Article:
Undoubtedly, yesterday afternoon’s wild price action kept bulls and bears alike on their toes. The upward surge and breakout above the recent highs that immediately followed the Fed announcement sent the bears running for cover, while simultaneously reeling in the bulls. But just when a resumption of the recent bullishness seemed to be in the cards, stocks abruptly headed south, driven by institutional selling into strength. The bulls jumped ship and the bears either fretted about closing their short positions a few minutes prior, or simply re-entered them. For those who attempted to trade the afternoon session, it was probably a bit exhausting. Yet, the intraday price action was relatively typical of what is commonly observed on most Fed days. Therefore, it would be unwise to place too much emphasis on what occurred during the last ninety minutes of yesterday’s session; it frequently takes several days until we see the real reaction from Fed announcements. Nevertheless, we detected a rather abrupt change of sentiment in the late afternoon. In yesterday’s commentary, we warned of the possibility of a false breakout above the recent highs, due to resistance of the 20-month moving average of the S&P 500. So far, that’s what appears to be happening. If bearish follow-through develops, we’ll selectively consider additional short positions in ETFs with developing relative weakness (like USO), but it’s still too early to back up the truck on the short side.
There are no new setups in the pre-market today. We entered two new positions yesterday, but want to see whether or not yesterday’s selloff was just a bearish “knee jerk” reaction before initiating new trades. As always, we’ll promptly send an Intraday Trade Alert if/when we enter anything new.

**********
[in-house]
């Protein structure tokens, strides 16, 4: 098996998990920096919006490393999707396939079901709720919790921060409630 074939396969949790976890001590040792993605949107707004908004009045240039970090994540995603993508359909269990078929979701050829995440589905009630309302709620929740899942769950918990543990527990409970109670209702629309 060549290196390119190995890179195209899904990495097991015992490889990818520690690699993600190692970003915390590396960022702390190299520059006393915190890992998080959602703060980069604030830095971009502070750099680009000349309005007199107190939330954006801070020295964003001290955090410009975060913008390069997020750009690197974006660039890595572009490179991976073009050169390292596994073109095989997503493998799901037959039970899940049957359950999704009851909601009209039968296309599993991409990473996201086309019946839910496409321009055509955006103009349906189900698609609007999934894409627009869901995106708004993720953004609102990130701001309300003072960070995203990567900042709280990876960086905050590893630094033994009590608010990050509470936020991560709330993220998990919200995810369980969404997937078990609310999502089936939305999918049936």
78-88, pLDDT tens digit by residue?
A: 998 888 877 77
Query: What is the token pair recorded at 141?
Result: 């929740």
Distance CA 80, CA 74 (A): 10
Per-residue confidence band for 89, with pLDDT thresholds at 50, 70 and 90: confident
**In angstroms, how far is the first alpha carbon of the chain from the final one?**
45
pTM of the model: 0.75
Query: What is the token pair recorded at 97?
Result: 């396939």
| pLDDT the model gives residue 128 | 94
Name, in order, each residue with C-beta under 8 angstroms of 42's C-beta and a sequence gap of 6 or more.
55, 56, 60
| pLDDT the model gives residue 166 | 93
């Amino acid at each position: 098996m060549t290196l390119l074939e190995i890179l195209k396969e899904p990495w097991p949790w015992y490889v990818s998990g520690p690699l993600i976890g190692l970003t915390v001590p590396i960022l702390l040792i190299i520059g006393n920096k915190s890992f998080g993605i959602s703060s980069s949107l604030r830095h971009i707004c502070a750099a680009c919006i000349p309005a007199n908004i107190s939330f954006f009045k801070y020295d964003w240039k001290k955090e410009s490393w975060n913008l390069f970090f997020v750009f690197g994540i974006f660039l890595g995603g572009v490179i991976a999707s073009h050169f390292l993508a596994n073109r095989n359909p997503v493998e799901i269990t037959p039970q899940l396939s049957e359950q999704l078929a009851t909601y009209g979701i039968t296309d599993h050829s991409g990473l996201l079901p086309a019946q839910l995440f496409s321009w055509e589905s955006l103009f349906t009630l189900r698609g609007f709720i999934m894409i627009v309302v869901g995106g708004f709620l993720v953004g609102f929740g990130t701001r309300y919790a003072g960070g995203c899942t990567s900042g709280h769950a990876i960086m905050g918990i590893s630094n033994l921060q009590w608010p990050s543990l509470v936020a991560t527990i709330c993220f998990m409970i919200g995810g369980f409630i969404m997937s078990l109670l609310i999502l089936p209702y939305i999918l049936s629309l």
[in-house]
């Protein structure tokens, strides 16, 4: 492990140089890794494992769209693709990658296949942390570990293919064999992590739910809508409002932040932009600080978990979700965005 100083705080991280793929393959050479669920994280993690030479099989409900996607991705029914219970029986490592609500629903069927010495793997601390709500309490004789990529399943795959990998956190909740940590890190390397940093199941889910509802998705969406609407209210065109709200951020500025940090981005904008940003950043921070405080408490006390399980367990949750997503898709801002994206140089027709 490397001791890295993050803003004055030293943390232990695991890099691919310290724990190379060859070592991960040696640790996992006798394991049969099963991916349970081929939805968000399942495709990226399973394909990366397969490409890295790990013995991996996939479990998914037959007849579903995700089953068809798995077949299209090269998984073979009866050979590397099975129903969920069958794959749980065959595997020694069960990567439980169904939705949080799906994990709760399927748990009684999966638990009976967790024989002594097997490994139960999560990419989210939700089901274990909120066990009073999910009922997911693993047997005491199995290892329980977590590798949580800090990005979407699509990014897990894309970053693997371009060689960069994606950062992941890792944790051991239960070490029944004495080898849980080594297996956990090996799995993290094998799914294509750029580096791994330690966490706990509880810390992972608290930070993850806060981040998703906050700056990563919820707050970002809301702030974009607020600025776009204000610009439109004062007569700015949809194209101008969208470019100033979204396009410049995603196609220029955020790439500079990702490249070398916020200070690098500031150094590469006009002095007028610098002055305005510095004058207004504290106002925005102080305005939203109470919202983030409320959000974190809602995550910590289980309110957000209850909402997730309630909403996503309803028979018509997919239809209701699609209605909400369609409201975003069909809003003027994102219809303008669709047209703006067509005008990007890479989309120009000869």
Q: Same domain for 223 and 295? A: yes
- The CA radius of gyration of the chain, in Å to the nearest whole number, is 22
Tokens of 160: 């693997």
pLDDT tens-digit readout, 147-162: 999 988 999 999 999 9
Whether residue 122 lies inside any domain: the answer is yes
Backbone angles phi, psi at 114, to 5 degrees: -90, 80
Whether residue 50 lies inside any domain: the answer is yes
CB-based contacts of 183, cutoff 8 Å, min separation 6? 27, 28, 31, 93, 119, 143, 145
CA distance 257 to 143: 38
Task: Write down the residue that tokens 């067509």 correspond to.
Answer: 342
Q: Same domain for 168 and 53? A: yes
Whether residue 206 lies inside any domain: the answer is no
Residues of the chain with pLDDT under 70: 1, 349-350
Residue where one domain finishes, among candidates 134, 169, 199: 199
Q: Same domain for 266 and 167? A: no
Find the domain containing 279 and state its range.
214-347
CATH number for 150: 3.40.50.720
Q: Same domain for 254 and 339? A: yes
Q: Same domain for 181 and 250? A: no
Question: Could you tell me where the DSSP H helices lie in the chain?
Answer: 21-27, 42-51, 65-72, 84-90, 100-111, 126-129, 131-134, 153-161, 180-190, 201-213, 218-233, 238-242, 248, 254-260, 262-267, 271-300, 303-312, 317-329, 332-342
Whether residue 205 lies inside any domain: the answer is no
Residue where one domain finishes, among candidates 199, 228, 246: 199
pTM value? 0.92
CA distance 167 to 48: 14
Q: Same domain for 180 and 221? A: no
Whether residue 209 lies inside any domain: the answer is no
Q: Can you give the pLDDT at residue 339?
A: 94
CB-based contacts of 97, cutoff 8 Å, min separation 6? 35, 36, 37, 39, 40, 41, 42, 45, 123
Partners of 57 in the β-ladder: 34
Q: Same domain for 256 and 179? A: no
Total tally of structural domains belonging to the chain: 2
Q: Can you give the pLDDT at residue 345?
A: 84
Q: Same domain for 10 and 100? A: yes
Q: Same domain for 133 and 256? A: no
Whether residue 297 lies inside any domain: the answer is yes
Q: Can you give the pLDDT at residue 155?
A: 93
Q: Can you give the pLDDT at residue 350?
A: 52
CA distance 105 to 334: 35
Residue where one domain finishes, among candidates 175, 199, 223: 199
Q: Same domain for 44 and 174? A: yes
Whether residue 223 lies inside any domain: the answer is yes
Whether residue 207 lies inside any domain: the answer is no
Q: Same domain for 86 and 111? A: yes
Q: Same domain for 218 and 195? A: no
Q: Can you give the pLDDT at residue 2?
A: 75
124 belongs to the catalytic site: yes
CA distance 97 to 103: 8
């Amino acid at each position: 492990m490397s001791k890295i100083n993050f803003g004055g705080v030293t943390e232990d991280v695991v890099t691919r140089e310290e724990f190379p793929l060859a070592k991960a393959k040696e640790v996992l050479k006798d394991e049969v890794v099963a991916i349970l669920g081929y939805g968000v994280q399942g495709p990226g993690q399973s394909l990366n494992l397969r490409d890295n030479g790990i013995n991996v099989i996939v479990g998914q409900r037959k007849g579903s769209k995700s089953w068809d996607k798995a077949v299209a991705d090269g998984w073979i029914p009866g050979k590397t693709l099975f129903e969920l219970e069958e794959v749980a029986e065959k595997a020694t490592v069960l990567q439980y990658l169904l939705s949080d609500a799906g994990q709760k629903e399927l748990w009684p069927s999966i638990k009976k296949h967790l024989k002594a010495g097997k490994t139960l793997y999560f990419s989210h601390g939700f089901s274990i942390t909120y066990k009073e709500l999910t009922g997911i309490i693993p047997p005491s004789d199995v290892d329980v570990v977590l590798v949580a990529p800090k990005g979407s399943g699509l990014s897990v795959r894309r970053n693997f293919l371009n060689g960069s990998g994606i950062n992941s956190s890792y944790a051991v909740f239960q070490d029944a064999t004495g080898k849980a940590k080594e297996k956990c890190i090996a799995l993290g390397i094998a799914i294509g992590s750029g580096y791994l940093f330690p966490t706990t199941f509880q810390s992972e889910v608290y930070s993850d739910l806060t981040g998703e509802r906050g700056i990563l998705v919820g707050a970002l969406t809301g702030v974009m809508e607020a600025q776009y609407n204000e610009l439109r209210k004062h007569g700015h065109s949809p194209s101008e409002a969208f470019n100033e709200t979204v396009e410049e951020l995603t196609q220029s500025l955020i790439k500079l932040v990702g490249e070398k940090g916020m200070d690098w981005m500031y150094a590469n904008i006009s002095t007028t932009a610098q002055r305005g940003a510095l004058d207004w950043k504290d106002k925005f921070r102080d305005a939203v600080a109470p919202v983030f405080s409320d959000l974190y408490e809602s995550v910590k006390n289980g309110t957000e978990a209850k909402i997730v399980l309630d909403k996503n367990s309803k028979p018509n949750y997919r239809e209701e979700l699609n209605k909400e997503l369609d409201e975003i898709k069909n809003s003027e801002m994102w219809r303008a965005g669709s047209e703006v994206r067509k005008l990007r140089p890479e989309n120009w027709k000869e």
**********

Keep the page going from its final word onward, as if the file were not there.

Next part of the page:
Daily Performance Report:
Below is an overview of all open positions, as well as a performance report on all positions that were closed only since the previous day’s newsletter. Net P/L figures are based on the $50,000 Wagner Daily model account size. Changes to open positions since the previous report are listed in red text below. Please review the Wagner Daily Subscriber Guide for important, automatic rules on trigger and stop prices.
- Per Intraday Trade Alerts, we entered new positions in DUG and UNG. Later in the day, we issued another alert stating we were selling half of our DUG position, in order to reduce our risk. The new positions are reflected above.
- For those of you whose ISPs occasionally deliver your e-mail with a delay, make sure you’re signed up to receive our free text message alerts sent to your mobile phone. This provides a great way to have redundancy on all Intraday Trade Alerts. Send your request to [email protected] if not already set up for this value-added feature we provide to subscribers.
- Reminder to subscribers – Intraday Trade Alerts to your e-mail and/or mobile phone are normally only sent to indicate a CHANGE to the pre-market plan that is detailed in each morning’s Wagner Daily. We sometimes send a courtesy alert just to confirm action that was already detailed in the pre-market newsletter, but this is not always the case. If no alert is received to the contrary, one should always assume we’re honoring all stops and trigger prices listed in each morning’s Wagner Daily. But whenever CHANGES to the pre-market stops or trigger prices are necessary, alerts are sent on an AS-NEEDED basis. Just a reminder of the purpose of Intraday Trade Alerts.
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Edited by Deron Wagner,
MTG Founder and